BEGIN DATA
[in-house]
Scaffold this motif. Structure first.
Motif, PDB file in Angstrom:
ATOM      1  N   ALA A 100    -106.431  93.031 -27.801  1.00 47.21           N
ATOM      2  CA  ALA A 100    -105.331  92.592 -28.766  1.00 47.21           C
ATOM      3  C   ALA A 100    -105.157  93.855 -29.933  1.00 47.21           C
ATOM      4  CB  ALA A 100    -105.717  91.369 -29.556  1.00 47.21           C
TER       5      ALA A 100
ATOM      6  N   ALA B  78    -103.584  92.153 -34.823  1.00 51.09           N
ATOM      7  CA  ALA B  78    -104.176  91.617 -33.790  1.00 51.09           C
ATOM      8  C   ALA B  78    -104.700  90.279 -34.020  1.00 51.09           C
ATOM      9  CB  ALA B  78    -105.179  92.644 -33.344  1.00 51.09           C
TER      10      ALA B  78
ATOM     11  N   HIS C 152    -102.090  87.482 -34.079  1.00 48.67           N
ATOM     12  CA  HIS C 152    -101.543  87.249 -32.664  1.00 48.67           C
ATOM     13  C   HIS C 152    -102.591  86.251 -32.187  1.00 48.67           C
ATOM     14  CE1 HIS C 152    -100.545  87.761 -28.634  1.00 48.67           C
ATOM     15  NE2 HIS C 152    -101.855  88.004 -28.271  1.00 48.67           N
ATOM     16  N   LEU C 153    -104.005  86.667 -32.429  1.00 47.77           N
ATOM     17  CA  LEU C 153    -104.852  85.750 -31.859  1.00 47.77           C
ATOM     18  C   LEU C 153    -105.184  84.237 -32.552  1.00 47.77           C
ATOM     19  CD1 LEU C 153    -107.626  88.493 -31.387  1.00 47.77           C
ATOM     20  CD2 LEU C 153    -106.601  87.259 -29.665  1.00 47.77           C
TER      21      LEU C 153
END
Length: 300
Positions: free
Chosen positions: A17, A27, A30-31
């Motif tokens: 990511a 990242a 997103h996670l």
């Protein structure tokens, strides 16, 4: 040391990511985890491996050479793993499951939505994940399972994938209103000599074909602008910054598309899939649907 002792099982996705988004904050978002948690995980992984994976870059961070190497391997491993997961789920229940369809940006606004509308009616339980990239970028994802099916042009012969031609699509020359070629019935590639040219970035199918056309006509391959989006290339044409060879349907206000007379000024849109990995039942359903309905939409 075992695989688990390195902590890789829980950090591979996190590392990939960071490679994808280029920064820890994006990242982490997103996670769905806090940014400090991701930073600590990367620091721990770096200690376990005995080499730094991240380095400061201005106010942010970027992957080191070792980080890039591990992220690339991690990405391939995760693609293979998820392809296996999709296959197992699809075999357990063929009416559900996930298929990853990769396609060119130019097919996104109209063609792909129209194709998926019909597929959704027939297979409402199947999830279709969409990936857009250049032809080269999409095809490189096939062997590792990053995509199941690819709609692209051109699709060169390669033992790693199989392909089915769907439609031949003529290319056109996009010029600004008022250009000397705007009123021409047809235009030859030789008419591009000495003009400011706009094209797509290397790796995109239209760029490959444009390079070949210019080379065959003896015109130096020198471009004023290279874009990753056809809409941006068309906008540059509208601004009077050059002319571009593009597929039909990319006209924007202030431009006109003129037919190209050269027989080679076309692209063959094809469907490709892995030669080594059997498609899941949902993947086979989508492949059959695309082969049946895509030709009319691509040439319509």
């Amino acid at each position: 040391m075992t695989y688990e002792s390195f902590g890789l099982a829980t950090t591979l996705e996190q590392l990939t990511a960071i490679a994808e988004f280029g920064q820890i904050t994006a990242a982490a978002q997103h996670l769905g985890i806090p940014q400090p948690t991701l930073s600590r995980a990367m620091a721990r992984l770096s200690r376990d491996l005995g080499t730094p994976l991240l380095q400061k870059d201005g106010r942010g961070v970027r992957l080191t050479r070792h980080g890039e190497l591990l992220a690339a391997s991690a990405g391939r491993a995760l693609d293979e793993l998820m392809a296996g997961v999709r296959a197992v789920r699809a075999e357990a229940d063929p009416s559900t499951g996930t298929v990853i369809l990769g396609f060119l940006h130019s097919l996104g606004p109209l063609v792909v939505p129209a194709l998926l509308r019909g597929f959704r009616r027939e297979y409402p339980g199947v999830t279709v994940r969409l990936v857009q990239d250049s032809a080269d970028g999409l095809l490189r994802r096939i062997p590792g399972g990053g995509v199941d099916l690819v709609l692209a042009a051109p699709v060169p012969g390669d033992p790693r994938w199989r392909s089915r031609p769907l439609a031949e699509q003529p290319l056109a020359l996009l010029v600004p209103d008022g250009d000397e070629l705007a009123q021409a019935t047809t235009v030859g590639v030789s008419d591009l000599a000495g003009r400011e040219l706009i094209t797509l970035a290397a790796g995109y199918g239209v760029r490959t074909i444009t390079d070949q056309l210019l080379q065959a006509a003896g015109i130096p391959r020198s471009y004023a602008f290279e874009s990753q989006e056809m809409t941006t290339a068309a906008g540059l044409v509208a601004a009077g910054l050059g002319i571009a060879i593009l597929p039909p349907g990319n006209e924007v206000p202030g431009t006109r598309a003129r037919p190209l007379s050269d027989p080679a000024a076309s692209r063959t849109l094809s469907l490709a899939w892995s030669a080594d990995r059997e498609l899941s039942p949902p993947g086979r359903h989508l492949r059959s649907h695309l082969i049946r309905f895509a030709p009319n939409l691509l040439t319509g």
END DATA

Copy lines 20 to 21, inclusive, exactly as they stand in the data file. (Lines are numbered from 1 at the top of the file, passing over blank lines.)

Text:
ATOM     17  CA  LEU C 153    -104.852  85.750 -31.859  1.00 47.77           C
ATOM     18  C   LEU C 153    -105.184  84.237 -32.552  1.00 47.77           C